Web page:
Harvesting from History

By Prabhakar Timble
17 July 2012 08:04 IST

Though not a student or an ardent follower of History, I have understood with the passage of years that History written or sponsored by the ruling political masters in any part of the globe is distorted and slanted. The real story in History becomes one-sided due to the bias of power and weight of authority.  What writers’ pen to please the political masters should not be stacked in the store-house of knowledge commonly referred to as History. All matters of the past cannot be elevated to the status of scientific History unless the same is tested and corroborated by scholars of History.

Separate history from fiction

Writers, thinkers and orators who are wedded to cadre-based organisations, pre-set ideology and to whom religion and caste comes first cannot contribute to scientific History. Followers of any organised cult, dogma, creed and belief tend to look at events and evidence with prejudice and bias. Their interpretation of historical events and personalities is basically to steer their public causes and dogma.  As a result, they would like to record and forcefully espouse selective events and happenings isolating from the macro picture. Hence, mis-interpretations and lies are circulated in the society as historical truths through books, media, theatre and films. If the political rulers of the day are part of the same dogma and ideology, the same falsehoods, fiction and mis-representation would find the way in school curriculum, textbooks and campaigns funded through public sponsorships. Legends, mythology and myths may be regarded by the general public as our rich history and heritage when the same are continuously bombarded in their minds.. Even a person of the eminence and stature of Dr. Raghunath Mashelkar and the learned group of scientists, technocrats and educationists could not project anything different on the cover page of the Vision and Road Map 2035 document than the legend that Goa is the Parshuram Kshetra created by the seven arrows of the sixth reincarnation of Lord Vishnu. So much is the weight and impact of the unscientific baggage of the past despite the invention of the God damned “Higgs boson”.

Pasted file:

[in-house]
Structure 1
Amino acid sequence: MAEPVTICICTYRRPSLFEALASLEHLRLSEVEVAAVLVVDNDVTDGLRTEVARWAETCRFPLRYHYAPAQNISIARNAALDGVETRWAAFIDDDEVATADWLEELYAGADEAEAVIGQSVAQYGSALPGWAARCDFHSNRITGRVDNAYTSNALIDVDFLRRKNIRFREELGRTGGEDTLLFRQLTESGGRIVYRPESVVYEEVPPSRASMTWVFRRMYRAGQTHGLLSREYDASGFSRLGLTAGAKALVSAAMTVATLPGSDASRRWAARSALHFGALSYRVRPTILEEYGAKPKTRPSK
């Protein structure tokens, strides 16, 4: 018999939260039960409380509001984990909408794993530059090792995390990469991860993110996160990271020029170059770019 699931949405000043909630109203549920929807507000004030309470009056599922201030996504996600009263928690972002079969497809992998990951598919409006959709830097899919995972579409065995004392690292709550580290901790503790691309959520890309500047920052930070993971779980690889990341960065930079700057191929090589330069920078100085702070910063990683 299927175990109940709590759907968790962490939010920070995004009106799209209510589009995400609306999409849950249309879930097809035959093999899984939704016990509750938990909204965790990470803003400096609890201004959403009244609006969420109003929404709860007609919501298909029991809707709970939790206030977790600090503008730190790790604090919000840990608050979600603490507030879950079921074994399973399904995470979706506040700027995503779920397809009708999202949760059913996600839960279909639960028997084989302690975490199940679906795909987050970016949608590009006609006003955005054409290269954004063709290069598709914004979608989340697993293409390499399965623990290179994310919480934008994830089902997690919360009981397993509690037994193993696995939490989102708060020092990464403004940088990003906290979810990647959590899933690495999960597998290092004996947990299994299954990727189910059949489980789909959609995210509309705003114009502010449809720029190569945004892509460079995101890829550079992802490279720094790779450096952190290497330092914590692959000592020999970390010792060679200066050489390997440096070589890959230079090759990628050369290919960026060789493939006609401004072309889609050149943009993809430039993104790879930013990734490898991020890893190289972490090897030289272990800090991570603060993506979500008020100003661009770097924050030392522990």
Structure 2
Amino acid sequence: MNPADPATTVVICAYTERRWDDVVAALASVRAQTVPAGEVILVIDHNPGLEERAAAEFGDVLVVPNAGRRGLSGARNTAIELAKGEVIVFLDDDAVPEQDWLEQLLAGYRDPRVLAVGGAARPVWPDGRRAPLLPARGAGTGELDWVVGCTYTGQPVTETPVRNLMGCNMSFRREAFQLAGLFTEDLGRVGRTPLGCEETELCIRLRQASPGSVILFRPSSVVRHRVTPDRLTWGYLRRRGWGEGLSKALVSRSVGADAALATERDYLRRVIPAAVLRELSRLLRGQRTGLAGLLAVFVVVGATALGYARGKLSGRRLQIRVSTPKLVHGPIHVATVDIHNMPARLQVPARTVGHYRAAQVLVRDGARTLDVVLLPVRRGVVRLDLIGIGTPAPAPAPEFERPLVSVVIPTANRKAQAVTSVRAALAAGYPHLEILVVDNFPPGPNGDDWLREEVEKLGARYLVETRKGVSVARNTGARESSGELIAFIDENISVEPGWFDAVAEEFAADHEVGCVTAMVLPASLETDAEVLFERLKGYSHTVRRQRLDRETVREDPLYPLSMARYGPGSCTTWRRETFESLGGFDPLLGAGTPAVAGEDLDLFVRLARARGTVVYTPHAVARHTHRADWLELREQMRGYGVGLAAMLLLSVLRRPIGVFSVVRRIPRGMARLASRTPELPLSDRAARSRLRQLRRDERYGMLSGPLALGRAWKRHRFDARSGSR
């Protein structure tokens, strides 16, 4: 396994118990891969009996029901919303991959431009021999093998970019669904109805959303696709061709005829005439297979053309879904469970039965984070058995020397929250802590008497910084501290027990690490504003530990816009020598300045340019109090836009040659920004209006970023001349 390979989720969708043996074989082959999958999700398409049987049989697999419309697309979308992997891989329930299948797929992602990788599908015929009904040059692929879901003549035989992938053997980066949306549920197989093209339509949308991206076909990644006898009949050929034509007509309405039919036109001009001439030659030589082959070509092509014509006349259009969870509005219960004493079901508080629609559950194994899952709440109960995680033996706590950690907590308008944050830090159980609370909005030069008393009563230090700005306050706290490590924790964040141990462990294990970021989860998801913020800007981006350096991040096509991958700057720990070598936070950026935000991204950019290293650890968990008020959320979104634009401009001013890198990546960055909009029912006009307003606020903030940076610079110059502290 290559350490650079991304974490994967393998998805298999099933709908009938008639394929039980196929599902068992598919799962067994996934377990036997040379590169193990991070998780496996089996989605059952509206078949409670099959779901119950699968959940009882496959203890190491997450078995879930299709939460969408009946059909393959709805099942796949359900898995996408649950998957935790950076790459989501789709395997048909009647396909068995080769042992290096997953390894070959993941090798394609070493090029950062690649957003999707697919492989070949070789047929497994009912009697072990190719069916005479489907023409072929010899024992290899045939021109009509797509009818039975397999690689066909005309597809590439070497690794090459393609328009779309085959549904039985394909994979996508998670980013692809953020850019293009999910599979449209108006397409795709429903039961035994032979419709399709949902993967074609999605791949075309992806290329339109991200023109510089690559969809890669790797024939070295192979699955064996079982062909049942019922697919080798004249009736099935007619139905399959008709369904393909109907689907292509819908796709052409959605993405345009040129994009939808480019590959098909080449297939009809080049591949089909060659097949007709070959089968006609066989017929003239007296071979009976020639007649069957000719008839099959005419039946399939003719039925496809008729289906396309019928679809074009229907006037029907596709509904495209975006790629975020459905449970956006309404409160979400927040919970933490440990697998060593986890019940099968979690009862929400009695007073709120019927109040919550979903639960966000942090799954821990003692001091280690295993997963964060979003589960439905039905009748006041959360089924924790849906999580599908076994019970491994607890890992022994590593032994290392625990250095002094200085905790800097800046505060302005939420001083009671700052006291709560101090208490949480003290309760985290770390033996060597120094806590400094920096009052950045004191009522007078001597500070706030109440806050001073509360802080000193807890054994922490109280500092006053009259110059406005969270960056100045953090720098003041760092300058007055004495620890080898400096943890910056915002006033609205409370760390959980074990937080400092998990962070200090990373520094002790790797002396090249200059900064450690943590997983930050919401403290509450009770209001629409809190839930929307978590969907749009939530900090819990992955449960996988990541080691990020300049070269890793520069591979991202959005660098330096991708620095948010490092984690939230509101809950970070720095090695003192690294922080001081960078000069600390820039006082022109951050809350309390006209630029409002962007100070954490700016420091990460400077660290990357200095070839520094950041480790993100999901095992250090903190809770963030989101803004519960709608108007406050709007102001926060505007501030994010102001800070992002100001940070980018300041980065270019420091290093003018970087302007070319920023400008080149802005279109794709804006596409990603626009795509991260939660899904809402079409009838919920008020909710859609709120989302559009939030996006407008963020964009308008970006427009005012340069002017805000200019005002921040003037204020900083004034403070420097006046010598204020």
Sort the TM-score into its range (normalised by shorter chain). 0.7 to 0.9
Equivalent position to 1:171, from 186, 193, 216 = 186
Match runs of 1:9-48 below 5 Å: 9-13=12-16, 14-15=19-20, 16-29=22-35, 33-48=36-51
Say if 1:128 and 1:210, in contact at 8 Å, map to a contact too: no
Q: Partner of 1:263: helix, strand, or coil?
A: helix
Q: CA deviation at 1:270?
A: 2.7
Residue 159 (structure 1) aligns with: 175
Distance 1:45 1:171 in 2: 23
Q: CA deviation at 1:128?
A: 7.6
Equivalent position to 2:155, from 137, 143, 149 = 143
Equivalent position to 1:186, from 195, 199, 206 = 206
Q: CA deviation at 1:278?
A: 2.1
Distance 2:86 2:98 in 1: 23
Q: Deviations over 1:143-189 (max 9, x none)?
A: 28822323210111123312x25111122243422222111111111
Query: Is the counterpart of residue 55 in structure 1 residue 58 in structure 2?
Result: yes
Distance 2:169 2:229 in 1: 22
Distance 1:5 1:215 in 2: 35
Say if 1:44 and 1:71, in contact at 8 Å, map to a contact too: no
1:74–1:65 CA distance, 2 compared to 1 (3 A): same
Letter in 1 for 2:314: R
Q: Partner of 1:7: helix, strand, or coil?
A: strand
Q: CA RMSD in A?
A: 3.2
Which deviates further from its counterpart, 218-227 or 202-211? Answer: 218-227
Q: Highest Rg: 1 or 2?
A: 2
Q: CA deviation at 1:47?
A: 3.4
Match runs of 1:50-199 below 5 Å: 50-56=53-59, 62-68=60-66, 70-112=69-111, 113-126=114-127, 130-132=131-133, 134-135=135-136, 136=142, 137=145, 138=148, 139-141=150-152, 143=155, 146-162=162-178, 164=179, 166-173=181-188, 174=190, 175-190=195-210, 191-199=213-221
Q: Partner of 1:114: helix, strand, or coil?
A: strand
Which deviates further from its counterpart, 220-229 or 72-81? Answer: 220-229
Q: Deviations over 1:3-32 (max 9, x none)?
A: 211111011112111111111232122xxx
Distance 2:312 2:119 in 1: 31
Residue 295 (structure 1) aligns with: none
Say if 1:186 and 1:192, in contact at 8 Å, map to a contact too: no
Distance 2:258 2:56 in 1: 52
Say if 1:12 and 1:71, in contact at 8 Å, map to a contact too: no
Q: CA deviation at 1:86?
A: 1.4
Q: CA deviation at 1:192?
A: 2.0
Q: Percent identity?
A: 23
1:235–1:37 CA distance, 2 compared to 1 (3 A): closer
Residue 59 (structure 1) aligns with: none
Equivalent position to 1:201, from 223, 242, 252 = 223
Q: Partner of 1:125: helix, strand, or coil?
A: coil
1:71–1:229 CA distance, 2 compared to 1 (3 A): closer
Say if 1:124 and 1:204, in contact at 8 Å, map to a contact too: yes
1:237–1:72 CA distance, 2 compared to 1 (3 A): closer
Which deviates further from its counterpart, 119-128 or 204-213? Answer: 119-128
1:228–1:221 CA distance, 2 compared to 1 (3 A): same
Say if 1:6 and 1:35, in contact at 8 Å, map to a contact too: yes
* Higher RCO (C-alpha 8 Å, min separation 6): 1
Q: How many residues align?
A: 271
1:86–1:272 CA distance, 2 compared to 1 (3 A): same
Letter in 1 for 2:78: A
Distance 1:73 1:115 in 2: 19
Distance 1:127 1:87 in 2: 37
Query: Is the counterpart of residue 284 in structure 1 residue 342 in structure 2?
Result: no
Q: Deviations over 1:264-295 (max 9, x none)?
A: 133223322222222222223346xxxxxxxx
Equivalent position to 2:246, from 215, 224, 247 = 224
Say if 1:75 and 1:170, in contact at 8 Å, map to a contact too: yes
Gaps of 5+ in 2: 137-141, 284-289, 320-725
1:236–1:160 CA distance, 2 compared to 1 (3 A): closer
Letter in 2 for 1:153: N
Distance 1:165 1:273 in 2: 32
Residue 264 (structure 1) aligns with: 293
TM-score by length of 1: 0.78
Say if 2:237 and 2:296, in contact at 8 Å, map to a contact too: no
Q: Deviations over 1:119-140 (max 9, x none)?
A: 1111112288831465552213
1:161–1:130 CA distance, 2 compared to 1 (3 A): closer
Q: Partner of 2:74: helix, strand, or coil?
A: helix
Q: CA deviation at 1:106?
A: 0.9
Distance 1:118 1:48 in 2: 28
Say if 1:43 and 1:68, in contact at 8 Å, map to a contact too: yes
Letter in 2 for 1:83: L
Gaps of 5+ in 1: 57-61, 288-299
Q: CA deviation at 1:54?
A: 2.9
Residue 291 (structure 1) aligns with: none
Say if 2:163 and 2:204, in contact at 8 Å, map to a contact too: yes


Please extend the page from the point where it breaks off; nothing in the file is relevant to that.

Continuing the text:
The classic example is how the Maratha warrior Shivaji and the Mughal emperor Aurangzeb are projected in school textbooks and further the body language of the teachers in the classrooms projecting Shivaji as a hero and the Muslim ruler as the villain. Finally, our youth in their formative years instead of learning and appreciating the history of the respective periods, grow up with skewed attitudes with strong anger, hatred and suspicion against other communities coupled with a false pride of the self and one’s community.

Till a year back all I knew of Bhagat Singh was that he was a revolutionary and worshipper of violence as a method in the struggle for independence. This is because our history texts do not speak a word more than this. A reading of his book----“Why I am an atheist” gives a totally different insight into this great son of India, who in the earlier years was a follower of Mahatma Gandhi and later took a different path due to the impact of certain political events. Bhagat Singh was no fanatic of religion and argued with full reason about the non-existence of God. Probably, this is less known. Otherwise, one cannot explain how religious and culture zealots swear in his name and work to erase the very edifice that he stood for.

Jesuits and sixteen Chieftains

Being born in Assolna, in my childhood days I was told the story of what is now termed as the “Cuncolim Chieftains Revolt” of 1583 which finally resulted in the shocking and inhuman massacre of 16 chieftains in a treacherous way in the Assolna Fort by the Portuguese. This was preceded by the equally merciless killing of five Jesuit priests at Cuncolim by the Chieftains. It is recorded that Fr. Berno was horribly mutilated, Fr. Pacheco assassinated with a spear, Fr. Anthony Francis shot with arrows and his head split open with a sword. It is told that Br. Aranha, wounded fell down into the thick crop of a rice-field. Later, he was tied to a tree and was shot to death with arrows.

In 2003, a memorial to the slain chieftains was constructed in Cuncolim. Probably, it is from this moment that a movement with the demand to consider the July 1853 assassinations as the first movement against foreign rule in India has commenced. There is also a memorial built in memory of the five slain Jesuit priests.

Mr. Shantaram Naik made a demand to the Central Government to recognise the 1835 uprising as the first revolt in India against foreign rule. The Cuncolim Chieftains Committee (CCC) has also appealed to the Goa government. The matter has been raised in the Assembly by MLA Vishnu Surya Wagh exhorting government to respect the feelings of Cuncolcars. It is claimed that “Cuncolkars fought a war against the Portuguese for Swaraj and Swadharma”.